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Health & Medicine for Senior Citizens

Fitness at Middle Age Leads to Lower Risk of Chronic Disease in Senior Years

Even study participants who died had fewer chronic ailments to the end

Aug. 27, 2012 - A new study declares that fitness in middle age points to less chronic health problems in later life. And, even those who died in old age, seemed to have less of these chronic ailments right up to the end. The study involved both senior men and women, older than 65, who were Medicare patients.

The study was published Online First by Archives of Internal Medicine, a JAMA Network publication. But, the findings came with a caution flag waved in a commentary by Diane E. Bild, M.D., M.P.H., of the National Heart, Lung and Blood Institute.

The research was by Benjamin L. Willis, M.D., M.P.H., of the Cooper Institute, Dallas, and colleagues. They examined the association between midlife fitness and chronic disease outcomes later in life by linking Medicare claims with participant data from the Cooper Center Longitudinal Study, a large group of individuals who were examined at the Cooper Clinic from 1970 to 2009.

 

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The study of 14,726 healthy men and 3,944 healthy women, with an average age of 49, when they entered the study, used eight chronic conditions (CCs) for the analysis: congestive heart failure, ischemic heart disease, stroke, diabetes mellitus, chronic obstructive pulmonary disease, chronic kidney disease, Alzheimer disease, and colon or lung cancer.

“In the present study, higher fitness measured in midlife was strongly associated with a lower incidence of CCs decades later,” the authors note.

With a median follow-up of 26 years, the highest level of midlife fitness was associated with a lower incidence of CCs compared with the lowest midlife fitness in men 15.6 vs. 28.2 per 100 person-years and in women 11.4 vs. 20.1 per 100 person years, according to the study results. Age- and sex-specific quintiles of fitness were based on treadmill times.

Researchers suggest a moderate increase in fitness may mean a reduction in CCs in older age.

“For example, a 1- to 2-MET (metabolic equivalent) improvement in fitness resulting in promotion from the first to the second fitness quintile at age 50 years was associated with a 20 percent reduction in the incidence of CCs at ages 65 and older,” according to the study.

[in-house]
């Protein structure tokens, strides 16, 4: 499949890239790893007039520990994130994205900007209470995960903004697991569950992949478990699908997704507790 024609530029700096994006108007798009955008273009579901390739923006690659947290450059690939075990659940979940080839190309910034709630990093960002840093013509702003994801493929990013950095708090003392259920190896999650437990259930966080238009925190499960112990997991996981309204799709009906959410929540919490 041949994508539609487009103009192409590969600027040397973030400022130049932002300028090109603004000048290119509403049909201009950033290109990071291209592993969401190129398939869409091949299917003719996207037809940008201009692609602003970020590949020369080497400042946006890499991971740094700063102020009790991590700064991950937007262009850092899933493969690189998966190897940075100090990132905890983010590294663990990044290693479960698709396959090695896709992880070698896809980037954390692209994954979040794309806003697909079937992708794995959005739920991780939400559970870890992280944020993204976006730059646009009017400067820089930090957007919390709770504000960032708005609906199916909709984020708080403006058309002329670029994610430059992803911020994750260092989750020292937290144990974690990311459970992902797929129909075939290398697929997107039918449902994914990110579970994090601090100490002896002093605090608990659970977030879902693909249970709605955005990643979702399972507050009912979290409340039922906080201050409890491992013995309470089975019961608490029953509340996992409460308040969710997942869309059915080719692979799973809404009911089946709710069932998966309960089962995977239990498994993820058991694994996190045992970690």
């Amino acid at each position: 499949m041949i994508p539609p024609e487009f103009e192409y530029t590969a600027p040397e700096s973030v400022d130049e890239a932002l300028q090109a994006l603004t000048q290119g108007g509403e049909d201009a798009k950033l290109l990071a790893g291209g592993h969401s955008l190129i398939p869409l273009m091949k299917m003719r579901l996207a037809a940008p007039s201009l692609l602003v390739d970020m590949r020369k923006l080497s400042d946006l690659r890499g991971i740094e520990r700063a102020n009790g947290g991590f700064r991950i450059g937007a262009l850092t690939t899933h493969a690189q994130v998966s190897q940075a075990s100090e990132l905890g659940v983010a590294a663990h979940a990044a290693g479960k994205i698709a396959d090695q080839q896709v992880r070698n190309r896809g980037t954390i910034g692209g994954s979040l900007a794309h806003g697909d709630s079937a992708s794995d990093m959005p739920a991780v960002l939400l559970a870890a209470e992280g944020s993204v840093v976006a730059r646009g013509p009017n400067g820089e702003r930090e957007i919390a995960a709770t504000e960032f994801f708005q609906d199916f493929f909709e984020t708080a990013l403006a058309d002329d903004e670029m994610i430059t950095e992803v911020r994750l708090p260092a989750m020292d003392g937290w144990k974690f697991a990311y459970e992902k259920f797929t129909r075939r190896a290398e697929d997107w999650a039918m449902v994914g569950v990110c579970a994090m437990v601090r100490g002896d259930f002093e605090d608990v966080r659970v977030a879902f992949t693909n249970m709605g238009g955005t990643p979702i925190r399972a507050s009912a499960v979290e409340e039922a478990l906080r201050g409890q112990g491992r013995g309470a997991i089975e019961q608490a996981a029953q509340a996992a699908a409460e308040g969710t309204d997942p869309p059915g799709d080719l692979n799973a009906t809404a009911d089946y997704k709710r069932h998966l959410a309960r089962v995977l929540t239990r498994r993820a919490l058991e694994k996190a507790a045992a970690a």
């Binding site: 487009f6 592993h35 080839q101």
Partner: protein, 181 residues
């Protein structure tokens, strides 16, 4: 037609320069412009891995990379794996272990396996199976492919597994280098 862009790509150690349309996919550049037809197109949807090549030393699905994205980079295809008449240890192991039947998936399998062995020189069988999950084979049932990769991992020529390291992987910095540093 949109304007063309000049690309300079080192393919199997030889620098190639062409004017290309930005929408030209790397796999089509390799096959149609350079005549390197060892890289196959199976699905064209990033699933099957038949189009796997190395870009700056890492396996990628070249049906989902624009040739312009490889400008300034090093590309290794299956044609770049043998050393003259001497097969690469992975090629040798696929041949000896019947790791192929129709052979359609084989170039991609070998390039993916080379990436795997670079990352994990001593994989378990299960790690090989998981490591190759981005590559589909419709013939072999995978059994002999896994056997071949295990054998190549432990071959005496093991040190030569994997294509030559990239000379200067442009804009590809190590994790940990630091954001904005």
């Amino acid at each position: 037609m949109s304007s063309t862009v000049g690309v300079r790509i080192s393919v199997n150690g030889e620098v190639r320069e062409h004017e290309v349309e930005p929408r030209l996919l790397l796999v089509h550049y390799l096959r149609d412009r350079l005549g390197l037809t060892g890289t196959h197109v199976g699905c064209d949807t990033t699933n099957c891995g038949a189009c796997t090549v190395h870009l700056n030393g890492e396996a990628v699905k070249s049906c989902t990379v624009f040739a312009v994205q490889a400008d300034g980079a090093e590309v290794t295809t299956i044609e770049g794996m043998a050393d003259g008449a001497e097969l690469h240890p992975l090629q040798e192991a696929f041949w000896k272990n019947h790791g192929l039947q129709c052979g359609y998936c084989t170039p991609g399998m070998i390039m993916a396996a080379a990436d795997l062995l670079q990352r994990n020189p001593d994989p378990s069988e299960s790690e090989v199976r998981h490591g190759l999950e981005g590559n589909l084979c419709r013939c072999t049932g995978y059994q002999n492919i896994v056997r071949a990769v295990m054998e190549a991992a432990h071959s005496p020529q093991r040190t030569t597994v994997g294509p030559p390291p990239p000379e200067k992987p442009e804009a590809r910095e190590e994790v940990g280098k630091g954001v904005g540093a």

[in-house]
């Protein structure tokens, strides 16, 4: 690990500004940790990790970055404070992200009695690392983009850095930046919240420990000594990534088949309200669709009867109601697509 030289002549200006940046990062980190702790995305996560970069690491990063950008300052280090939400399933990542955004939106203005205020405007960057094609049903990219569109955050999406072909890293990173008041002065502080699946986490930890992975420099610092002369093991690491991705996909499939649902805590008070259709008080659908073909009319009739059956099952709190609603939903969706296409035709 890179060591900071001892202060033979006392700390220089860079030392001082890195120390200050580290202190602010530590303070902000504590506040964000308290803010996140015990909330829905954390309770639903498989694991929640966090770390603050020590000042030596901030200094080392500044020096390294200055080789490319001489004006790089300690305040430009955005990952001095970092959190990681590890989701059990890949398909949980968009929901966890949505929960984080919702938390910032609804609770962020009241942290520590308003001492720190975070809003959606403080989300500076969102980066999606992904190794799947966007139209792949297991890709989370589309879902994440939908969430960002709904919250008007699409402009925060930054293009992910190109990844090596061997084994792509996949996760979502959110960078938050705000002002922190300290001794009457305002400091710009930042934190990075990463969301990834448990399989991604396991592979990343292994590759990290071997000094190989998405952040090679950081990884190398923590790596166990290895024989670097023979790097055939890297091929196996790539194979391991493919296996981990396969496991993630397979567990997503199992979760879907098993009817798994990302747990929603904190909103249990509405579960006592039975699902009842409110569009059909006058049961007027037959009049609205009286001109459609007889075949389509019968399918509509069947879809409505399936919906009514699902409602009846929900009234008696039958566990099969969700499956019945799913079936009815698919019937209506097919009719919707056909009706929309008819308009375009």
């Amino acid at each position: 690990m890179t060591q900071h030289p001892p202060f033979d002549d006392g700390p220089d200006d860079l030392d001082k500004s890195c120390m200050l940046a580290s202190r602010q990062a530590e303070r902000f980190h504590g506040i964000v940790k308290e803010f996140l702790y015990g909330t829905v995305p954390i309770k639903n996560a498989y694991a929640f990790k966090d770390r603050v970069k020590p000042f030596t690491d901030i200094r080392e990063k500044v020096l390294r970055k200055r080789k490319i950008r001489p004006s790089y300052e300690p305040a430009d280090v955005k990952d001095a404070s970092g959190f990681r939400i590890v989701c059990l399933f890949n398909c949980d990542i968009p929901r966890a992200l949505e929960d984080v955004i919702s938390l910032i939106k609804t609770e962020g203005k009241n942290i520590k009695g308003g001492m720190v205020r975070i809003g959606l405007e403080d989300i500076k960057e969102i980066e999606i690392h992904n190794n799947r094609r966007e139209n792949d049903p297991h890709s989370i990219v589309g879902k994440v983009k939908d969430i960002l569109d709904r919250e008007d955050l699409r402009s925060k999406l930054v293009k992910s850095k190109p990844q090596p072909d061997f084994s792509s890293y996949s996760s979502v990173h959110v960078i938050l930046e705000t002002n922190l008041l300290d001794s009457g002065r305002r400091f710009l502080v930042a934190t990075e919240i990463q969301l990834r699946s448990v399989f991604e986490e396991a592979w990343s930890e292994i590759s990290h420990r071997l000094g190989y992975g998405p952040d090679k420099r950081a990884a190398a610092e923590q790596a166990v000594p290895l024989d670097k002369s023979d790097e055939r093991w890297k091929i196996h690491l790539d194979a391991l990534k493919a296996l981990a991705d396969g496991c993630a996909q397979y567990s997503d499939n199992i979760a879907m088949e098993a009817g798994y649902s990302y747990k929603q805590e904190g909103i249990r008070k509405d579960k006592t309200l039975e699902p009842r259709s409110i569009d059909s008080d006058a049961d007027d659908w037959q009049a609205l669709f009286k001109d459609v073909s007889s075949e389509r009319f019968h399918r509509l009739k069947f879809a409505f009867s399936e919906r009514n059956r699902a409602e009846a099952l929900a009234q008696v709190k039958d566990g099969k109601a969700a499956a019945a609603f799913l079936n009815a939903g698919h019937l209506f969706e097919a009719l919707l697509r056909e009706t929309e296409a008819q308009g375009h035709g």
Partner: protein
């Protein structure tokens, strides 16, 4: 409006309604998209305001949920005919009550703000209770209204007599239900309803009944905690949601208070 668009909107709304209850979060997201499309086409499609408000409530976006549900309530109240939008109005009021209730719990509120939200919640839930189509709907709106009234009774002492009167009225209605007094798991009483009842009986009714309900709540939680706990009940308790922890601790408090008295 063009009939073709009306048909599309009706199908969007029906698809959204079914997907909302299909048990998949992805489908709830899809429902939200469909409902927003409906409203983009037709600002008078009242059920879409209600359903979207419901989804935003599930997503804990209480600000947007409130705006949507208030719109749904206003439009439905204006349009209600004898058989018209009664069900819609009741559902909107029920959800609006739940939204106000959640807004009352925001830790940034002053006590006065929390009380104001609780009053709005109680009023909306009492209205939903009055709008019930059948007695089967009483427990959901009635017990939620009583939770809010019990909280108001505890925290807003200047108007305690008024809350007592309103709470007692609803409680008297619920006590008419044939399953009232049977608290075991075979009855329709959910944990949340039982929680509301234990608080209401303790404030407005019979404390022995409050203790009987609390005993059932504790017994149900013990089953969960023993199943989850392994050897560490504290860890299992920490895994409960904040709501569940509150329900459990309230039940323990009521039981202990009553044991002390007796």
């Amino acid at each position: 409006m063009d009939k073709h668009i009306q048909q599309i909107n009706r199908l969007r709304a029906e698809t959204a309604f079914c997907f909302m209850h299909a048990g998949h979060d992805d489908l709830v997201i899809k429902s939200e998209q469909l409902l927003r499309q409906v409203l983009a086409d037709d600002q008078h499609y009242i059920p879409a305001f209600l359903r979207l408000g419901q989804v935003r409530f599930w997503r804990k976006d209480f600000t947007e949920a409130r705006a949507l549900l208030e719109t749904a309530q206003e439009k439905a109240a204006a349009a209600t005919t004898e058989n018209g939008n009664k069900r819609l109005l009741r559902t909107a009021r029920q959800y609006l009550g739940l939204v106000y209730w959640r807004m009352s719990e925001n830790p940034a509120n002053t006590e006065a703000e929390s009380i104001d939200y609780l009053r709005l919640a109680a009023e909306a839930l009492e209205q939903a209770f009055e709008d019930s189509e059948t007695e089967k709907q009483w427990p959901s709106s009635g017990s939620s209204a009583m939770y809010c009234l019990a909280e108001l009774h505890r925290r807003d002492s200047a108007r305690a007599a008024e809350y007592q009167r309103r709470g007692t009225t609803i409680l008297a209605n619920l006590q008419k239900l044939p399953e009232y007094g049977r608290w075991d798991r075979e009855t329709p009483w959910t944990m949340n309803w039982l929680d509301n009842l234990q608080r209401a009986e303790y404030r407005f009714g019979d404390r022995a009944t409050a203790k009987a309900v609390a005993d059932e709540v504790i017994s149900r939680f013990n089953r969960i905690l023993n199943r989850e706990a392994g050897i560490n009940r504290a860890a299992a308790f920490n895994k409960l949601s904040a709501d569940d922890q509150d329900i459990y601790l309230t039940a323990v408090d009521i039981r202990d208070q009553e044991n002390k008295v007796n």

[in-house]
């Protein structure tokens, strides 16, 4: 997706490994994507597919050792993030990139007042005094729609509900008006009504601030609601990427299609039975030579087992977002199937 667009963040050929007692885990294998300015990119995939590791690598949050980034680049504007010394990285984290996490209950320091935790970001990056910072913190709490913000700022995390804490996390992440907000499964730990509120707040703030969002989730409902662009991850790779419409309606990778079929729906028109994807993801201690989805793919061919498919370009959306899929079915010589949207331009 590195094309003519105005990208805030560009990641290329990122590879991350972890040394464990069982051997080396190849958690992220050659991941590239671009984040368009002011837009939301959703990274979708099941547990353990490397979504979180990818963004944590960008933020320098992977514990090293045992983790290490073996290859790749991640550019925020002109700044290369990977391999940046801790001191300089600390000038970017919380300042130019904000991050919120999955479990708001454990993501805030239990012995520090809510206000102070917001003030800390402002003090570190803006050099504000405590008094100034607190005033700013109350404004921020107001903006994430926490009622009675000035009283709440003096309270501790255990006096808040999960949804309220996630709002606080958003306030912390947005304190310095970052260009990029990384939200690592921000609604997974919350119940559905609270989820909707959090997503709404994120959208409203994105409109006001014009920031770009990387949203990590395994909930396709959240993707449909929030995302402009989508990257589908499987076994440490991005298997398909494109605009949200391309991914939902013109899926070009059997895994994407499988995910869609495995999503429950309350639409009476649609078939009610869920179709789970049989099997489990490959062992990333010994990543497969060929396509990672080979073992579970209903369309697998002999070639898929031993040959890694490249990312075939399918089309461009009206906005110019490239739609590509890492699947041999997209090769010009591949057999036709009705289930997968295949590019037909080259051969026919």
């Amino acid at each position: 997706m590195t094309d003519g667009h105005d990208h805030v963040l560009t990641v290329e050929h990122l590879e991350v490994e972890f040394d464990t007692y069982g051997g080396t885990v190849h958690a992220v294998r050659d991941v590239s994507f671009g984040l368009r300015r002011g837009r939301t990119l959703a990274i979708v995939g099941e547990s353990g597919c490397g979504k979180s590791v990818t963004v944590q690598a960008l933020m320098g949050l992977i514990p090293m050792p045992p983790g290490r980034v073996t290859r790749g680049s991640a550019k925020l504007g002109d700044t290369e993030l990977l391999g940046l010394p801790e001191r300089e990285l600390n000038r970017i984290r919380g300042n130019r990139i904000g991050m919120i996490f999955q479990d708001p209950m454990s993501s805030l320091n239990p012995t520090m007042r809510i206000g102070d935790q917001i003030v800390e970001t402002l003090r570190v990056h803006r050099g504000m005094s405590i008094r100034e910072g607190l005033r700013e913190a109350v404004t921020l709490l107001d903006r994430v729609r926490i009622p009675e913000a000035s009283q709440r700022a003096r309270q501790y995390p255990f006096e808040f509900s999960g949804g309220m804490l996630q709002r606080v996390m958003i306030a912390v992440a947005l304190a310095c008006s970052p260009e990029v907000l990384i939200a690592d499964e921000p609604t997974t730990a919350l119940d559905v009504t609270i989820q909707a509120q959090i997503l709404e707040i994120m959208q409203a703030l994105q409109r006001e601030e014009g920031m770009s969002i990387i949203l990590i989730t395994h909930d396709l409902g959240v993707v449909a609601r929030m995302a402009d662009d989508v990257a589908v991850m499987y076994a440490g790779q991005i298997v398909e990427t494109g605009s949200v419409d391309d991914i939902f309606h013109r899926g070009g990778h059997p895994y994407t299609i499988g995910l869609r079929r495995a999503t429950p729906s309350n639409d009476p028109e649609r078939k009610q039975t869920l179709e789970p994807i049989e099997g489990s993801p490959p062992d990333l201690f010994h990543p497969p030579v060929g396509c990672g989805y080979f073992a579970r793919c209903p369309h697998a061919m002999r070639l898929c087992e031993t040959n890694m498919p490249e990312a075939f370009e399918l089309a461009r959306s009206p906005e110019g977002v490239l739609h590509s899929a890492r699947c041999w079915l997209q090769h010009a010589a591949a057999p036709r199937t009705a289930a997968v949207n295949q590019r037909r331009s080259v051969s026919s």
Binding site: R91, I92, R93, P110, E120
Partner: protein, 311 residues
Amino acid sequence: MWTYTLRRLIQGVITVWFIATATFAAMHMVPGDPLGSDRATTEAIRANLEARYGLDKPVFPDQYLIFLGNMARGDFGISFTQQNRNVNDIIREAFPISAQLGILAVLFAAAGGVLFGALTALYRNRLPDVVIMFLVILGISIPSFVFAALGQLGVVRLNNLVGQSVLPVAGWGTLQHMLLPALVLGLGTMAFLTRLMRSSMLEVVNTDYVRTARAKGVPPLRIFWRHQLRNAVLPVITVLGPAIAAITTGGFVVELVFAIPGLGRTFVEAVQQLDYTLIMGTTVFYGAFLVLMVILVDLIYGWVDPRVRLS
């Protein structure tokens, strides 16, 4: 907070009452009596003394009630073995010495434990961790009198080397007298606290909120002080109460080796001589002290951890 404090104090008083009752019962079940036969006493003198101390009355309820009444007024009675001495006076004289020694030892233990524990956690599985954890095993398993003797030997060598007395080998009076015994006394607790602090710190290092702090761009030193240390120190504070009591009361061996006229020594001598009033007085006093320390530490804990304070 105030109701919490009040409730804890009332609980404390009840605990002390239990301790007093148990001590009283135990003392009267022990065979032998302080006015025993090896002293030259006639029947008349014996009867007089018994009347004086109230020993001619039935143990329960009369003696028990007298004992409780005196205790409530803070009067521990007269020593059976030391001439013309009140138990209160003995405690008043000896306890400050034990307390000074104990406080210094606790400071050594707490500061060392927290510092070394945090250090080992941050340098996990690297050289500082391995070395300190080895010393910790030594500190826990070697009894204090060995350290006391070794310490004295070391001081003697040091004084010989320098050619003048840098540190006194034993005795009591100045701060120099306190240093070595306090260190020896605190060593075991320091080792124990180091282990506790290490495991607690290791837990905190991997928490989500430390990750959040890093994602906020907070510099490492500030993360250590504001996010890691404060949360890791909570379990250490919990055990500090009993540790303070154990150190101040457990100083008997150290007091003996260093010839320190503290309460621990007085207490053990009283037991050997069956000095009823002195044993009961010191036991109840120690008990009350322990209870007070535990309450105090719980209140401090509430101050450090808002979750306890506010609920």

Among those participants who died, researchers note that higher midlife fitness appeared to be more strongly associated with a delay in the development of CCs than with survival.

“Compared with participants with lower midlife fitness, those with higher midlife fitness appeared to spend a greater proportion of their final five years of life with a lower burden of CCs,” the authors comment.

Dr. Bild, acknowledges in that in the commentary, Thriving of the Fittest, the researchers do provide “further evidence for physical fitness as a contributor to healthy aging and the compression of morbidity.”

Acknowledging that ‘fitness may be a key to healthy aging.’ Bild notes that “fitness is a function of both exercise and genetics.”

“Because genetics likely plays a role in longevity and certainly plays a role in disease avoidance, if some of the same genes are involved in longevity and fitness, they may serve as major confounders in the attractive interpretation that exercise leads to fitness, which leads to healthy aging,” Bild continues.

“Research on healthy aging is important for its insights into living longer, healthier and more active lives and, potentially, reducing health care costs. In addition to observational studies such as the present one, clinical trials are needed to establish definitively the benefits and risks of approaches that have been shown in observational studies to be associated with extending health and life,” Bild concludes.

 (Note: Dr. Willis disclosed financial compensation from Merck, as well as funding and grant support from other sources. The Cooper Institute is a 501(c)(3) nonprofit research institute and provided internal funding for this study.

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